MARTIN J. ROTHSCHILD, Appellant,
PETER A. BRASELMANN, Individually and as Agent of ARNOT OGDEN MEDICAL CENTER, et al., Respondents.
Calendar Date: November 14, 2017
Cherundolo Law Firm, PLLC, Syracuse (J. Patrick Lannon of
counsel), for appellant.
T. Schneiderman, Attorney General, Albany (Patrick A. Woods
of counsel), for Peter A. Braselmann and others, respondents.
Ricotta & Visco, Buffalo (Thomas J. Callocchia of
counsel), for Arnot Ogden Medical Center, respondent.
Amsler, Keller & Schoppmann, LLP, Latham (Mia D. VanAuken
of counsel), for Elmira Urological Associates PC, respondent.
Napierski, Vandenburgh, Napierski & O'Connor, LLP,
Albany (Diane Lufkin Schilling of counsel), for Irwin Lieb
and others, respondents.
Before: Garry, P.J., Lynch, Clark, Aarons and Pritzker, JJ.
MEMORANDUM AND ORDER
from an order of the Supreme Court (O'Shea, J.), entered
September 21, 2016 in Chemung County, which, among other
things, granted defendants' motions to dismiss the
and 2014, plaintiff, while an inmate at Elmira Correctional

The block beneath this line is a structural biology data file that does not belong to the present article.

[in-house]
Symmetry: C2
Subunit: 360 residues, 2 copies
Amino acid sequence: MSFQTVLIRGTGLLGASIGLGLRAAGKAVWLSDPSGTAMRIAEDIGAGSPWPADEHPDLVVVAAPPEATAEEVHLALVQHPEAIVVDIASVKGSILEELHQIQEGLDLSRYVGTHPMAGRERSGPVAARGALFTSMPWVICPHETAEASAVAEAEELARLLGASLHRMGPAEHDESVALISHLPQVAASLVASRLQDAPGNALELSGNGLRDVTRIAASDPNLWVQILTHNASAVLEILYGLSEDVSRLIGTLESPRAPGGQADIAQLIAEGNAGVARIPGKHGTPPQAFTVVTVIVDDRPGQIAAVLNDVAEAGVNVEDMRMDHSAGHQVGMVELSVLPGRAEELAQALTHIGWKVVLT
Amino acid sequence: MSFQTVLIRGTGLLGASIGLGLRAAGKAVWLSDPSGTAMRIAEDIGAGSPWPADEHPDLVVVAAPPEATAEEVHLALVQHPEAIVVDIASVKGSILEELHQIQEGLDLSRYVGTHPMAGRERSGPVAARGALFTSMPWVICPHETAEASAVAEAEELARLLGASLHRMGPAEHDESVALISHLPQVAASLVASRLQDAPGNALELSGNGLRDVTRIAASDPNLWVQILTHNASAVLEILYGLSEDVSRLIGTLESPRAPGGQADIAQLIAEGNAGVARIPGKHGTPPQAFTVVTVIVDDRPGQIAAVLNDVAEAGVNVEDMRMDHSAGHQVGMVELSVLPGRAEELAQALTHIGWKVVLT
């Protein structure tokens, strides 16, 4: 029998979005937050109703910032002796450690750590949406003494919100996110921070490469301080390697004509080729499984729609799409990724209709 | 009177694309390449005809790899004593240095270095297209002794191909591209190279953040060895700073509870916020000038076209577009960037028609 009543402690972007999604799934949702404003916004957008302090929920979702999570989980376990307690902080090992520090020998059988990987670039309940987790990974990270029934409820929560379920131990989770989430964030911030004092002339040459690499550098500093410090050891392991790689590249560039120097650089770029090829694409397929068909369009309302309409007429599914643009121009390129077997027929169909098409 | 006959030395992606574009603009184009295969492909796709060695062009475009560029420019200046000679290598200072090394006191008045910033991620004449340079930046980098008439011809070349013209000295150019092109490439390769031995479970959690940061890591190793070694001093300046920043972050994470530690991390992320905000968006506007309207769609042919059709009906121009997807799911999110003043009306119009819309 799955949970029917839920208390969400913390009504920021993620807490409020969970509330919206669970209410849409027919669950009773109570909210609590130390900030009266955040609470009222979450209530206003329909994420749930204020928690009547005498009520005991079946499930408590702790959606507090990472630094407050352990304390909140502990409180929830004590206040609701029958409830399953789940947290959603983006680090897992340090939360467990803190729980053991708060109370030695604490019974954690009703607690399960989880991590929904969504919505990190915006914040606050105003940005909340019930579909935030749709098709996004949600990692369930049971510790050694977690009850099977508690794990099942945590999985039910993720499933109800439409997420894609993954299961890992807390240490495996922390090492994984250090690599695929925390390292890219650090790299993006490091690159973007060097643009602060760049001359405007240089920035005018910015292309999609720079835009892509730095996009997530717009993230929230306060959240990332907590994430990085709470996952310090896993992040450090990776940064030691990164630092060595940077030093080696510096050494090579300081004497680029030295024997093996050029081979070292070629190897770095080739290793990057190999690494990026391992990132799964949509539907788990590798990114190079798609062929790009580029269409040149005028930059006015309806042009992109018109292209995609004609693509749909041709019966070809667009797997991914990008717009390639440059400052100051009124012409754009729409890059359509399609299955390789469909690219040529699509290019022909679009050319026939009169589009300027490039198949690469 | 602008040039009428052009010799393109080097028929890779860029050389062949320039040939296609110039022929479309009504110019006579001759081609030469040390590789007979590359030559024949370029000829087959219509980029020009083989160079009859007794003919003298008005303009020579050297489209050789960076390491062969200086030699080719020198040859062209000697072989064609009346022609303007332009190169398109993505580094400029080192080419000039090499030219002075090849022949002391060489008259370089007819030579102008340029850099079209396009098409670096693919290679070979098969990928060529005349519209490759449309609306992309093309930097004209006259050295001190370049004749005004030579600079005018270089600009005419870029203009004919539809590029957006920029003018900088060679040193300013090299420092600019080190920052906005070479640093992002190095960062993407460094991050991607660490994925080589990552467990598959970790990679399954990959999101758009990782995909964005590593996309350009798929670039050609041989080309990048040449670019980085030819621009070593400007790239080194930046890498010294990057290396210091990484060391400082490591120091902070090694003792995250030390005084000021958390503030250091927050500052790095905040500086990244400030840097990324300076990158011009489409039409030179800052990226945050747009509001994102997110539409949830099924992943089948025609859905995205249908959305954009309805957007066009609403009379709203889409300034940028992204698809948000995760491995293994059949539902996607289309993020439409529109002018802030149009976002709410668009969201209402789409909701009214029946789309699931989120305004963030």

Facility and Clinton Correctional Facility, suffered serious
urological problems that led to hospitalization for septic
shock. Plaintiff commenced the instant action (hereinafter
the Supreme Court action) in October 2015 alleging negligence
and medical malpractice against five doctors and the
employers of three of those doctors. Prior to the Supreme
Court action, plaintiff filed a claim in the Court of Claims
(hereinafter the Court of Claims action) in September 2014,
alleging similar negligence and medical malpractice. Also
prior to the Supreme Court action, plaintiff filed a
complaint pursuant to 42 USC § 1983 in the United States
District Court for the Northern District of New York
(hereinafter the federal action), alleging that the
inadequate medical care that he received while incarcerated
constituted cruel and unusual punishment in violation of the
Eighth Amendment. The federal action names as defendants four
of the doctors who are defendants in the Supreme Court action
- defendants Peter A. Braselmann, Richard Adams, Vonda L.
Johnson and Irwin Lieb.
all moved to dismiss the complaint in the Supreme Court
action pursuant to CPLR 3211 (a) (4) on the ground that the
other actions filed by plaintiff allege the same misconduct.
Braselmann, Adams and Johnson, in their motion to dismiss,